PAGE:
PKa Problem (Am I not correct)

The8

2+ Year Member
Ok, so look at the attachments. In my opinion, nothing can be said about the pka of the last two acids because the pkb only gives this information when it is of the CONJUGATE base of the acid. The pkb of an acid will give information regarding the protonated form of the acid itself, or the doubly protonated acid.

Correct answer is apparently D, but I don't see how you can get access to this information.

theonlytycrane

5+ Year Member
pKa + pKb = 14, so we can find pKa of the acid form given the pKb of the base form.

• popopopop

bobeanie95

2+ Year Member
You can't really use pKa + pKb =14 for this problem. In reality, this equation is used to compared the conjugate acid to the conjugate base.

For example, assume you have RCOO-H <----> COO- + H+. I'm making up these numbers, but if the pKa of RCOO-H is 4 then the equation can be used to calculate the basicity strength of COO- (pKb=14-4=10). In other words, you cannot use the pKa of RCOO-H to calculate the pKb of RCOO-H, it could only be used for conjugates.

As far as this problem goes, I would suggest finding the dissociation constants.
-For A, the Ka would be around 1 x 10^-4 = [X-][H+]/[HX]
-Meanwhile D will have a Kb of around 1x10^-11 = [HX+][OH-]/[X]

The Ka tells you the strength of the acid, while the Kb tells you the strength of the base. The larger the Kb/Ka, the stronger the base/acid. In this case, D has a very, very small (10^-11) Kb so it's indicating that its a very weak base and most likely a stronger acid. Meanwhile, A has a Ka of 10^-4 and usually strong acids have a Ka > 1, so its most likely a weaker acid. So I'd most likely go with D.

In my opinion, I think this is a poor question, I don't think the test writers wrote it well since you cannot truly compare the acidity of molecules with different pKa/pKb, especially with monoprotic molecules.

theonlytycrane

5+ Year Member
^ When they say pKb of Acid C, they implicitly mean the pKb of the base form. This allows you to find the pKa of the conjugate acid.

bobeanie95

2+ Year Member
You could assume that, though its still vague, which is why I think its a bad question. But yes, with your reasoning then you'd be correct.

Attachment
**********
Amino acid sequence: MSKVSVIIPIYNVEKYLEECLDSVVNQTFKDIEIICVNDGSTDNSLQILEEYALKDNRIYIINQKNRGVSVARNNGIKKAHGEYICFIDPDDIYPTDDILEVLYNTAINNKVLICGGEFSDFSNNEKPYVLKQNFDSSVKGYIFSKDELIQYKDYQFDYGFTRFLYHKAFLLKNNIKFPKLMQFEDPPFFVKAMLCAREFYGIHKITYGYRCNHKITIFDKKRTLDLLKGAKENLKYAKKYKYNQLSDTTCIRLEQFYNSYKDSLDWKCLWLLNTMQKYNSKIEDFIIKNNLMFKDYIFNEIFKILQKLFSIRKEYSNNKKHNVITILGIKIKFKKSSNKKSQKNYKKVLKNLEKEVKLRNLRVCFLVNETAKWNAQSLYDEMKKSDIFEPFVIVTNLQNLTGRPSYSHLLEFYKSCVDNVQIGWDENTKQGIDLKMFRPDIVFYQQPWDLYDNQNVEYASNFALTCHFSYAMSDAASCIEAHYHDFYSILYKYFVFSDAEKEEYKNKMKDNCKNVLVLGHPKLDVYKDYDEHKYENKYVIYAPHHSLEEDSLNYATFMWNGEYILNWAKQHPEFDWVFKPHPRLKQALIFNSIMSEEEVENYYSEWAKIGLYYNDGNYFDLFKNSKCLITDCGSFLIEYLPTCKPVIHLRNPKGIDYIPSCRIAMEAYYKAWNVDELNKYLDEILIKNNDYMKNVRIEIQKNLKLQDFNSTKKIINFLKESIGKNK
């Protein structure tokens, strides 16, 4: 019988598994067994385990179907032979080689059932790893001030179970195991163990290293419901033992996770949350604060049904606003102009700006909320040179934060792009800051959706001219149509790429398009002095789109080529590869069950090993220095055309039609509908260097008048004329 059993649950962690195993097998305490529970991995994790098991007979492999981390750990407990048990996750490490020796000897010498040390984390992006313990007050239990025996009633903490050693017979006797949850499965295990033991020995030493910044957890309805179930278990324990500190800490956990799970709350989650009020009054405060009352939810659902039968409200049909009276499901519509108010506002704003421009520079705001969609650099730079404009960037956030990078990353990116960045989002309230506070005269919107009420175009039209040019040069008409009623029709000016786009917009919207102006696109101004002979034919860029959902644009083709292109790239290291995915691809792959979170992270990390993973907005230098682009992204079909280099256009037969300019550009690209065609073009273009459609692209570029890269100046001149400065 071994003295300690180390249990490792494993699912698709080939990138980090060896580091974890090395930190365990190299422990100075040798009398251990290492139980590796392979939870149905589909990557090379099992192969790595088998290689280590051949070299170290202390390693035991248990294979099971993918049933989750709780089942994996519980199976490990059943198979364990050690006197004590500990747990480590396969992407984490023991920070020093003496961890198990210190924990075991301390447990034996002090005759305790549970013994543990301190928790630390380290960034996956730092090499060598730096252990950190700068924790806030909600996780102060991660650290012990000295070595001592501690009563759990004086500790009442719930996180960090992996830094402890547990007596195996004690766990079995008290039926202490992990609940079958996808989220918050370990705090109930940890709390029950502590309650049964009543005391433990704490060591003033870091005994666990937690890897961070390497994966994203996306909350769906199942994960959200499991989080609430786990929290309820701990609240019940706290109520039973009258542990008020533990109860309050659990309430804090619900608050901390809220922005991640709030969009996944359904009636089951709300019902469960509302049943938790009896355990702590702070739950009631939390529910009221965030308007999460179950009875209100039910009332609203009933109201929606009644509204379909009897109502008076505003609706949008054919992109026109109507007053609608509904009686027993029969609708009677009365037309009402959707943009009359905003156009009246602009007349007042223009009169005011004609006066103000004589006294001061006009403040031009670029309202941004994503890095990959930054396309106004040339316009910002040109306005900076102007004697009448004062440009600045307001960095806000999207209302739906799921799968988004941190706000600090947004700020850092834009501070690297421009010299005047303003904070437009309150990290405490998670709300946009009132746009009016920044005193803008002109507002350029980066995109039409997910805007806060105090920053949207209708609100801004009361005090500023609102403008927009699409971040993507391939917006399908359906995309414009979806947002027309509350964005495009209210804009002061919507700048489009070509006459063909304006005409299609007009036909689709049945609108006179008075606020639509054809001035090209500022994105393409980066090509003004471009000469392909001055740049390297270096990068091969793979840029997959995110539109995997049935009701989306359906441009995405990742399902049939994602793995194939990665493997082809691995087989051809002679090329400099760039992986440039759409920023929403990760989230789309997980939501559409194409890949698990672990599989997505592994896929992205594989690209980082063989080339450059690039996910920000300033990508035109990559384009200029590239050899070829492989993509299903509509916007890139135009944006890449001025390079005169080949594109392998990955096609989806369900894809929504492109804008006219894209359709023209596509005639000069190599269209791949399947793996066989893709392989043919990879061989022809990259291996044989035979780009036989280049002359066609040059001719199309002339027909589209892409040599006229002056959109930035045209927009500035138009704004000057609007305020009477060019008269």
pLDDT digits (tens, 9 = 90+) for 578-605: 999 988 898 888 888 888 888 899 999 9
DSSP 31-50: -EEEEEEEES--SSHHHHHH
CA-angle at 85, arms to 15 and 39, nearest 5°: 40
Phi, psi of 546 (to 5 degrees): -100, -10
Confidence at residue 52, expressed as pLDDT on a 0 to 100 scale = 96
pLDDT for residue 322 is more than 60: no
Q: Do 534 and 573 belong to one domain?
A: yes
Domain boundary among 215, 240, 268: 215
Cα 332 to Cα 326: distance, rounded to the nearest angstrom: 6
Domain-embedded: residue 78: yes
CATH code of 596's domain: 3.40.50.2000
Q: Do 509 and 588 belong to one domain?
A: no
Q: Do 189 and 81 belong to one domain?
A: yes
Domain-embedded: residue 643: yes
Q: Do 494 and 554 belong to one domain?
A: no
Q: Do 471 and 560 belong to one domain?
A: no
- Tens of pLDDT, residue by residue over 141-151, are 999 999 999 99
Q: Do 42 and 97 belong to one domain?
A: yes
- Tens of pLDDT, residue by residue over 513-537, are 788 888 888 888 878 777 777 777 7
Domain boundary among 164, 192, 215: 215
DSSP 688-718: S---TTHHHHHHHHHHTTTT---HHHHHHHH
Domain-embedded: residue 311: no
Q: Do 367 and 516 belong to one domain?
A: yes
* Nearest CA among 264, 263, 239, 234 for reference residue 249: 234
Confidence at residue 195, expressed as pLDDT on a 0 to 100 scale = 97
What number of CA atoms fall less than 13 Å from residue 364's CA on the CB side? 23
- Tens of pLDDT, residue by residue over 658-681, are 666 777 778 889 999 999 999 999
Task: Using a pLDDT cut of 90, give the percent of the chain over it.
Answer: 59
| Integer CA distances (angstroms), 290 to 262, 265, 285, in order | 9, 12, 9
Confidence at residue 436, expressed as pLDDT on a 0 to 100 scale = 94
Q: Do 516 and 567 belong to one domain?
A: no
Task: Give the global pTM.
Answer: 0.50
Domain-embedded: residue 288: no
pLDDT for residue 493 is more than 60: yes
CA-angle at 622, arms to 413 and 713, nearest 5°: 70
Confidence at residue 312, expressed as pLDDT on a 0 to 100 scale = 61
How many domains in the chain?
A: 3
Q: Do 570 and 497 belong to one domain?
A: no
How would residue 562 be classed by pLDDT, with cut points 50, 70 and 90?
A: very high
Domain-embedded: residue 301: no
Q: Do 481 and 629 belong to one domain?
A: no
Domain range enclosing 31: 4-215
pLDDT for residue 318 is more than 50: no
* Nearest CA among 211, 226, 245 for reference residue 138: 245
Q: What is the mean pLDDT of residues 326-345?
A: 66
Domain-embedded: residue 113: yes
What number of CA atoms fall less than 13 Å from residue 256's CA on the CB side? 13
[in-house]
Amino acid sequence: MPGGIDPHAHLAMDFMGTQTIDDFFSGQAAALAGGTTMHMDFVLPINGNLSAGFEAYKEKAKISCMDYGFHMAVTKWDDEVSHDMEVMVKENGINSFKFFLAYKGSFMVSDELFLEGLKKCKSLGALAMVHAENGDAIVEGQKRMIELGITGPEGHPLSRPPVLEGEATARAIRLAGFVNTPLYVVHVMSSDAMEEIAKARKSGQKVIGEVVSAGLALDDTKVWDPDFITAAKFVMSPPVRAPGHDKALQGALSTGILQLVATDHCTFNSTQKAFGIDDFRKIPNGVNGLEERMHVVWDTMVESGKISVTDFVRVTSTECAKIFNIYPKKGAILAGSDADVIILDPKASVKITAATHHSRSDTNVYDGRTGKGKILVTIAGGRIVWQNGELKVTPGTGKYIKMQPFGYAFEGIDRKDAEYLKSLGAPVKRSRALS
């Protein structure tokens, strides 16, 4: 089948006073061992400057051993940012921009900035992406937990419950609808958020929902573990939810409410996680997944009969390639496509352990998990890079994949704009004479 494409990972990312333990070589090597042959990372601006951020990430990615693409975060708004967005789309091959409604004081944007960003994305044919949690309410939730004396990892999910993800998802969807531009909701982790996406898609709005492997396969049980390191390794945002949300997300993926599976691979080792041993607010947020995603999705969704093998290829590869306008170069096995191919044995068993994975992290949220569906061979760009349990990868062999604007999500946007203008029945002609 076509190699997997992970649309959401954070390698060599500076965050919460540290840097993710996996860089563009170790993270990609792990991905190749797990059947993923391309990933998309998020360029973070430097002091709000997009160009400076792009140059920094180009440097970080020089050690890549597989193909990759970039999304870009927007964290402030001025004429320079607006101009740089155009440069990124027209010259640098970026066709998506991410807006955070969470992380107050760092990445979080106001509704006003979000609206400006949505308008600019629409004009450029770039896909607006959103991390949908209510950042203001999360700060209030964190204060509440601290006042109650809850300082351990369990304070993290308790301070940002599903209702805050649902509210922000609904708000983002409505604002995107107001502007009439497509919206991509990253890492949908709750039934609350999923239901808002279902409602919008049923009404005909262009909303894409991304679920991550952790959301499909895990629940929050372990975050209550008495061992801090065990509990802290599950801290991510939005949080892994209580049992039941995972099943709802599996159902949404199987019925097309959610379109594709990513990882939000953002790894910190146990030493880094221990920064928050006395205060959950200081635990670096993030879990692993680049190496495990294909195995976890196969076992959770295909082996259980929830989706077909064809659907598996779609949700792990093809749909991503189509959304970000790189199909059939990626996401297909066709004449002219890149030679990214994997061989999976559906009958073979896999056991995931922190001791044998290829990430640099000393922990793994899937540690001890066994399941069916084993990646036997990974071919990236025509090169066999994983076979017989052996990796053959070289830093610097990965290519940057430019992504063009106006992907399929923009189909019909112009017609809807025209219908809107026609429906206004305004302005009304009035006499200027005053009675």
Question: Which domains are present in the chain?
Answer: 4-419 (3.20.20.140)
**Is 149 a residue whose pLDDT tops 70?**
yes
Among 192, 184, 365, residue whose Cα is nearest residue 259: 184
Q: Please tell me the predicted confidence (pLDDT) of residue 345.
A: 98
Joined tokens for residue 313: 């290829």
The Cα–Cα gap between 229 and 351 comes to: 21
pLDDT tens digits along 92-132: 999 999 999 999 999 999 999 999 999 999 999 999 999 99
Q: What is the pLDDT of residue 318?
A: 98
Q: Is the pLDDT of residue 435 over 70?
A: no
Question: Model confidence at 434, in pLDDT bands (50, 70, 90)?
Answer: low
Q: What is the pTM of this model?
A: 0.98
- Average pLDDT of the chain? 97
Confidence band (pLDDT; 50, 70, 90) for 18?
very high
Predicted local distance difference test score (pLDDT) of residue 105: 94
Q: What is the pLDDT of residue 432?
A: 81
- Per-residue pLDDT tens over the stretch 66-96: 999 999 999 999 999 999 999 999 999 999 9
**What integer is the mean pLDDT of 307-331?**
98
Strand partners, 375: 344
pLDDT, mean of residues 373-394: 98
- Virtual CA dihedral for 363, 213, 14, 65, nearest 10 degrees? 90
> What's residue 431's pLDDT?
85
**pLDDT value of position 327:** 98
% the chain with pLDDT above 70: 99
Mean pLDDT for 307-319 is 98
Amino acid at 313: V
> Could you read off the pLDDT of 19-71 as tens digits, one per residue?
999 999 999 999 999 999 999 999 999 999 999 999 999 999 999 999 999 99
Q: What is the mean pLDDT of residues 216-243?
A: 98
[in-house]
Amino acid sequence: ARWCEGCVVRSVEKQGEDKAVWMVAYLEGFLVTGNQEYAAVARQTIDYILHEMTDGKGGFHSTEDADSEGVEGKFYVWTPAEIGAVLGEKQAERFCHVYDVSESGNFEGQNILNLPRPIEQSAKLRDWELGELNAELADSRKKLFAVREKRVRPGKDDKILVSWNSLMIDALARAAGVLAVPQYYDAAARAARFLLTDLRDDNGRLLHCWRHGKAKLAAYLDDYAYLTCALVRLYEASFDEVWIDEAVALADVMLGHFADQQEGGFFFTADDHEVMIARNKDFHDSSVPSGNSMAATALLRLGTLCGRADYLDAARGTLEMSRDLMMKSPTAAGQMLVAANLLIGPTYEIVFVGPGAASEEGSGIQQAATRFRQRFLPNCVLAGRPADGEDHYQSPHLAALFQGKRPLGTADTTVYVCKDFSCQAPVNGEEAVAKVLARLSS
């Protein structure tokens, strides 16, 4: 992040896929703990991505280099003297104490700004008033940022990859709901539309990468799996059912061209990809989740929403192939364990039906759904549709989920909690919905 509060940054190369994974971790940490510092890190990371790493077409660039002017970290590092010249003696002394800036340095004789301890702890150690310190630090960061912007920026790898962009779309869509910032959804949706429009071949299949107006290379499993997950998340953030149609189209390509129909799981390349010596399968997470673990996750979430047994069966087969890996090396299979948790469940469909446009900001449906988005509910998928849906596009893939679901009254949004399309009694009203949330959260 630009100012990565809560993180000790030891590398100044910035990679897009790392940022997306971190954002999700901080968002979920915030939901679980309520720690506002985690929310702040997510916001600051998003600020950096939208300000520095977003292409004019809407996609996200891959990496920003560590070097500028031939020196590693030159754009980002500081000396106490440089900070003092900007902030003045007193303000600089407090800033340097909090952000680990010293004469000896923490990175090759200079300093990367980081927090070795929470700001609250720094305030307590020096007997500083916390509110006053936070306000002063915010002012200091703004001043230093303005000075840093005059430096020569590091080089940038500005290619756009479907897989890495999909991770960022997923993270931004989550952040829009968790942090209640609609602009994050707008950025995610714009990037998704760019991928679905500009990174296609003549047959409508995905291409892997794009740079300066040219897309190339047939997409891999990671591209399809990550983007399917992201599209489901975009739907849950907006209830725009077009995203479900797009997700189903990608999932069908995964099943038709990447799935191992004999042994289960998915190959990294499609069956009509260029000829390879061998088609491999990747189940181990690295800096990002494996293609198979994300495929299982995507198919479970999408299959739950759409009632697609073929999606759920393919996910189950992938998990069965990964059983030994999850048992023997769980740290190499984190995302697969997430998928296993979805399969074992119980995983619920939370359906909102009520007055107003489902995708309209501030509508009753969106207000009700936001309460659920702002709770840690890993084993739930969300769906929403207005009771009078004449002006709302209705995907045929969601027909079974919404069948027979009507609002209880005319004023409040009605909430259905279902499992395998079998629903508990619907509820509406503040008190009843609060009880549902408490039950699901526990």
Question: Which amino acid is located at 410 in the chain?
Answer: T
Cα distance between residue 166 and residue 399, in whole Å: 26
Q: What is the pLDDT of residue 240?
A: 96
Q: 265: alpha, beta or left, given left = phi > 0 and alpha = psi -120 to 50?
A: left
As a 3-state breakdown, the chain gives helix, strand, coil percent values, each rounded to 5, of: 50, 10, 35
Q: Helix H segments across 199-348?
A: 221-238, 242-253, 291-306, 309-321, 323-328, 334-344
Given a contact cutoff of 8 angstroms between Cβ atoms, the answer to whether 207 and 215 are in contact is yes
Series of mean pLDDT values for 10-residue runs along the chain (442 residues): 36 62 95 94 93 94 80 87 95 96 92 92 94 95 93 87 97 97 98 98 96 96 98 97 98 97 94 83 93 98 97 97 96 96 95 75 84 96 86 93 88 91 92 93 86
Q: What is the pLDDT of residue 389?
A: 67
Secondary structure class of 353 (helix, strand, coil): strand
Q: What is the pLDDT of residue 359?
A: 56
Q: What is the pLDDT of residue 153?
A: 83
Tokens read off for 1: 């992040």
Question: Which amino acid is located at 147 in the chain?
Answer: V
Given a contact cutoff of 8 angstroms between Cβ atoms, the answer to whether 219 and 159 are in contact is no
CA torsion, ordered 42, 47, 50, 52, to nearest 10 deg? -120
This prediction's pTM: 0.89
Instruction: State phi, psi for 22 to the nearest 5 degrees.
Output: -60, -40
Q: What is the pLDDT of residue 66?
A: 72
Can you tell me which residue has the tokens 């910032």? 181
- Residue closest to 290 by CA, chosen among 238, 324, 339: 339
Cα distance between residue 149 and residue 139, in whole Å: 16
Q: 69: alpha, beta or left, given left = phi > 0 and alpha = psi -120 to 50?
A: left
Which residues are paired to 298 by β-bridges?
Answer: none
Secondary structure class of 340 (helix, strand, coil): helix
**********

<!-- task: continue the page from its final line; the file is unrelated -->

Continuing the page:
laczlacylaci

2+ Year Member
We know weakest H-X bonds=more willing to release the proton=stronger acid. We also know that as pKa increases, pH increases. To find the strongest acid, we need to find the one that has the lowest pKa or highest pKb.

you could have eliminated B and C at the beginning because to find the weak/strongEST (extreme) you can eliminate the middle ones.
Using pKa+pKb=14

A) Acid A: pKa=4.1; pKb=9.9
B) Acid B: pKa=4.75; pKb=9.25
C) Acid C: pKa=4.37; pKb=9.63
D) Acid D: pKa=3.10; pKb=10.9

D fulfills the lowest pKa and highest pKb.

I feel like the Ka/Kb way by bobeanie95 and pKa/pKb by theonlytycrane are both correct. Though, I feel like the pKa/pKb way is faster.

The8

2+ Year Member
Well, in my opinion you can't assume that! Anyways, I'll give you a great example, METHANE. TERRIBLE base, super low pkb, but hell, it's pka is not very high either.... TERRIBLE QUESTION.... correct me if I'm wrong...... and why should I assume they are talking about the conjugate base and not trying to trick me with the question.... what a scumbag TPR can be.

laczlacylaci

2+ Year Member
Well, in my opinion you can't assume that! Anyways, I'll give you a great example, METHANE. TERRIBLE base, super low pkb, but hell, it's pka is not very high either.... TERRIBLE QUESTION.... correct me if I'm wrong...... and why should I assume they are talking about the conjugate base and not trying to trick me with the question.... what a scumbag TPR can be.
Yeah, I guess so since the formula is really pKa of HX+pKb of X-=pKw and not pKa of HX + pKb of HX=pKw. But like theonlytycrane said, I think you should just assume that the pKb is the pKb of the conjugate base and not the acid.

Good point though.

BerkReviewTeach

Company Rep & Bad Singer
Vendor
10+ Year Member
Well, in my opinion you can't assume that! Anyways, I'll give you a great example, METHANE. TERRIBLE base, super low pkb, but hell, it's pka is not very high either.... TERRIBLE QUESTION.... correct me if I'm wrong...... and why should I assume they are talking about the conjugate base...
You make an excellent point with methane. It has a very high pKa but does have a pKb. It's conjugate has a pKb, but not that compound.

For the question, there is no way you can draw any conclusion about the strength of the acid from its pKb (only from the pKb of its conjugate base). A great example is NH3, which has a pKb of 4.7 and a pKa of roughly 33. They DO NOT add to 14 because they are not the pKa and pKb of a conjugate pair.

The key point here is that you have a good understanding of the concepts, so no matter what you feel about the question, you will do fine on realistic MCAT questions.